I have a confession to make. In my spare time I am often known to sit on Gumtree and look at all the pictures of the adorable puppies. I know, this probably verges on the obsessive. I have no intention of buying one of these puppies and if I was to buy a puppy there would be no way it would be bought on Gumtree. Despite this, I still love flicking through and daydreaming of the possibility.
I think the key part here is that if I was to buy a puppy I would never buy it on the internet. However, despite being a doggy professional I am still pulled in by the allure of an online puppy database of sorts. Type in what you want, where you want it and within a few hours you could be bringing home your new best friend. Therefore I can see why so many take this route on such a serious purchase.
That is why I feel the need to write this post, inspired very much by the BBC Scotland Investigates Documentary ‘The Dog Factory’.: http://www.bbc.co.uk/programmes/b05qqf00. I highly recommend you watch it and share it far and wide.
That is because we all have a responsibility. Puppies are definitely something a commodity. In today’s society we want what we want and we want it now. This includes the living and breathing bundle of commitment that is a puppy. Puppies, like every other commodity works on simple supply and demand. We are the demand end of that formula. Unfortunately the supply side can be nothing short of horrific.
I feel that most people now know of the horror of so called ‘puppy farms’ and therefore I do not need to delve into the gory details. All that needs to be said is that the puppy farmer’s main motivation is profit, whatever the humane cost. However I also feel that the majority of the puppy buying society does not see the link to how this affects them.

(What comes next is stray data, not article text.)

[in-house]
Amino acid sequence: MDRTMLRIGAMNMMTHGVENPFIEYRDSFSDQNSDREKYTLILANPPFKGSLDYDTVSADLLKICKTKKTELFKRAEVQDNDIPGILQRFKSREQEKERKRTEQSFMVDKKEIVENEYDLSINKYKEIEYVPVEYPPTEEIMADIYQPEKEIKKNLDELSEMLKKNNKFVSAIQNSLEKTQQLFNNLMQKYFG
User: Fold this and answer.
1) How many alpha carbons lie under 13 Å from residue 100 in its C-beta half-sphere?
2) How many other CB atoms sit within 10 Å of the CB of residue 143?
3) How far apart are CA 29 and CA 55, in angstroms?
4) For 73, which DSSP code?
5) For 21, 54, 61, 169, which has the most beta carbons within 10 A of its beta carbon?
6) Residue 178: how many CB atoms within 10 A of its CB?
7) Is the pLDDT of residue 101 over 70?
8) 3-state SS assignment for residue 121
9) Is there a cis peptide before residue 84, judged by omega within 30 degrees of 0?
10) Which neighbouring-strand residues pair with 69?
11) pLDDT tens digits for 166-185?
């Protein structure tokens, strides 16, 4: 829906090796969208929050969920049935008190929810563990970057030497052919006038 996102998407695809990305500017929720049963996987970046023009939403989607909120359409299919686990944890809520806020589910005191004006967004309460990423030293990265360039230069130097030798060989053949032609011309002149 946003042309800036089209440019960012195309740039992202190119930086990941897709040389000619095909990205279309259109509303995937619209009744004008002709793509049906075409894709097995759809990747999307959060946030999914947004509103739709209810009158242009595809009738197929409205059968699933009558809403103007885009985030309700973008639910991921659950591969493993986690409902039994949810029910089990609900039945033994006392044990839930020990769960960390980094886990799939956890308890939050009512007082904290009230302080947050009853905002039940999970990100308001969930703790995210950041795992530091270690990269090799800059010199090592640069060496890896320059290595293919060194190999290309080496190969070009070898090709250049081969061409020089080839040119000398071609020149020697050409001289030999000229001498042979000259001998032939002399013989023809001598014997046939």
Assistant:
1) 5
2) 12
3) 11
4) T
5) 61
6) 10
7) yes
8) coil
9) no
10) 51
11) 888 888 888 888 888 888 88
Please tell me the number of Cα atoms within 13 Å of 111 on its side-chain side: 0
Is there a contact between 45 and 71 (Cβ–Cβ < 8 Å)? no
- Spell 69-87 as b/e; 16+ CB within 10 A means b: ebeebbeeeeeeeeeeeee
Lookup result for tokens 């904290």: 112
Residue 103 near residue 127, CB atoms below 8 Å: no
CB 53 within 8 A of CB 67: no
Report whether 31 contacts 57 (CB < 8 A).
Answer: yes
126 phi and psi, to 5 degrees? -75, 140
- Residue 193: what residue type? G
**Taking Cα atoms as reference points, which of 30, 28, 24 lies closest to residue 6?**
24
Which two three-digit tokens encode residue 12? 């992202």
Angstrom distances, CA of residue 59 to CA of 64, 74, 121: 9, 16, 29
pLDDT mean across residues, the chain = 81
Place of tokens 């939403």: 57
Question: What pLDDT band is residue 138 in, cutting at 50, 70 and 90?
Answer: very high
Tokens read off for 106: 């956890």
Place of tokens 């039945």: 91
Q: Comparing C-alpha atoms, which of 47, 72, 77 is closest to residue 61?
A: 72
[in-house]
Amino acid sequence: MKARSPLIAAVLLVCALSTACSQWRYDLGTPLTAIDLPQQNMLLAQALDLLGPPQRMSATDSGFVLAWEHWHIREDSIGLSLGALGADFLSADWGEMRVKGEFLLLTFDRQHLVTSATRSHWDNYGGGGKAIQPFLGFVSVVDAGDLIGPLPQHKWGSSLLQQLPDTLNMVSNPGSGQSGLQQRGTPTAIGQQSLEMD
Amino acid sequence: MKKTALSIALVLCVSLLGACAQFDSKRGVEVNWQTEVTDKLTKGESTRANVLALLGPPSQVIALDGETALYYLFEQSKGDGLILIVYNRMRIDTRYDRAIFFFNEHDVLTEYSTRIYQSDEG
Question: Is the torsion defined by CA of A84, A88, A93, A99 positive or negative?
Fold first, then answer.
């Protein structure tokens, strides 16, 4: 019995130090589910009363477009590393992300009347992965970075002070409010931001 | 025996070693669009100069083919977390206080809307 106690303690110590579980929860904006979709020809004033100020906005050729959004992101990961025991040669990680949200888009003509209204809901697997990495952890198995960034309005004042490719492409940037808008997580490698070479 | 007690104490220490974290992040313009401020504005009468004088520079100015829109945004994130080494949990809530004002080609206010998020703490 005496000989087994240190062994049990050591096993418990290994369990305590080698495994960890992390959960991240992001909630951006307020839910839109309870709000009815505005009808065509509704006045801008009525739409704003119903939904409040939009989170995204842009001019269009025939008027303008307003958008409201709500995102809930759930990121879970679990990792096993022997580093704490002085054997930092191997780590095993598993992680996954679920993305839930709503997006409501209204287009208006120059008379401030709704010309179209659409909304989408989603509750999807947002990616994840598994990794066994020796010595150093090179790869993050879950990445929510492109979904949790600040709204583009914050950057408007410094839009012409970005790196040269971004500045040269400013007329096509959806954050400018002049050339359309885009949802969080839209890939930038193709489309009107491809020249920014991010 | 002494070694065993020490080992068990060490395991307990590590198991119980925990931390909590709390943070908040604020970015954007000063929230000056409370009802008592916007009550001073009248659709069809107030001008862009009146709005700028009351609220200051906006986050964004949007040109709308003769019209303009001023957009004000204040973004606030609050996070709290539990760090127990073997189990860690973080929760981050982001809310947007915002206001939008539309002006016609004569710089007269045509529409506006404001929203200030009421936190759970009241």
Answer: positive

In total 41% of people who bought a puppy in the last year did not see the puppy with its mother and 53% did not see its breeding environment, meaning those puppies are highly likely to have been bred by puppy farmers and sold by third parties (2014 Kennel Club PAW survey. 20% of puppies (four times more than the average) bought from pet shops or directly from the internet suffer from parvovirus, an often fatal disease which can cost up to £4,000 to treat (2014 Kennel Club PAW survey).
That means in practical terms that every other puppy you greet on the street was likely to have come from these dark and distant puppy farms, making them not so distant after all.
The answer is simple. When buying a puppy the breeder is the most important consideration. Do not buy a puppy unless you can see the mother and ideally the rest of the litter and the conditions in which they are kept. Normally, pedigree puppies will be registered with the Kennel Club so your puppy should come with a certificate. You are also entitled to ask for a pedigree history of your new puppy’s ancestors.
If in doubt, the kennel club operates the Kennel Club Assured Breeder Scheme. The Kennel Club provides the most comprehensive and up-to-date list of breeders and Kennel Club Assured Breeders with pedigree puppies currently available on the Find a Puppy service.
Never, ever buy a puppy from the back of a van or meet in a car park or other location most likely chosen so you cannot see the conditions in which the puppy has been born in and the mother is kept in.
Buying a puppy should be the start of an exciting new chapter and you want it to be as stress free as possible, so following these simple guidelines will keep things risk free. There is endless advice online from sites such as the Kennel Club. I always think that you would not spend a fortune on designer clothes without the label, so do not buy a pedigree puppy without the papers.
Of course, pedigree puppies are not the only option. Your local shelter will have a huge variety of dogs looking for their forever homes. Always consider if you could take on the challenge and reward that is a rescue dog before jumping to the decision that a pedigree puppy from a breeder is the best option for you. Near Nottingham there is the Dog’s Trust in Loughborough: https://www.dogstrust.org.uk/. There is also a RSPCA in Radcliffe: http://www.rspca-radcliffe.org.uk/contactpage along with a variety of local rescue shelters.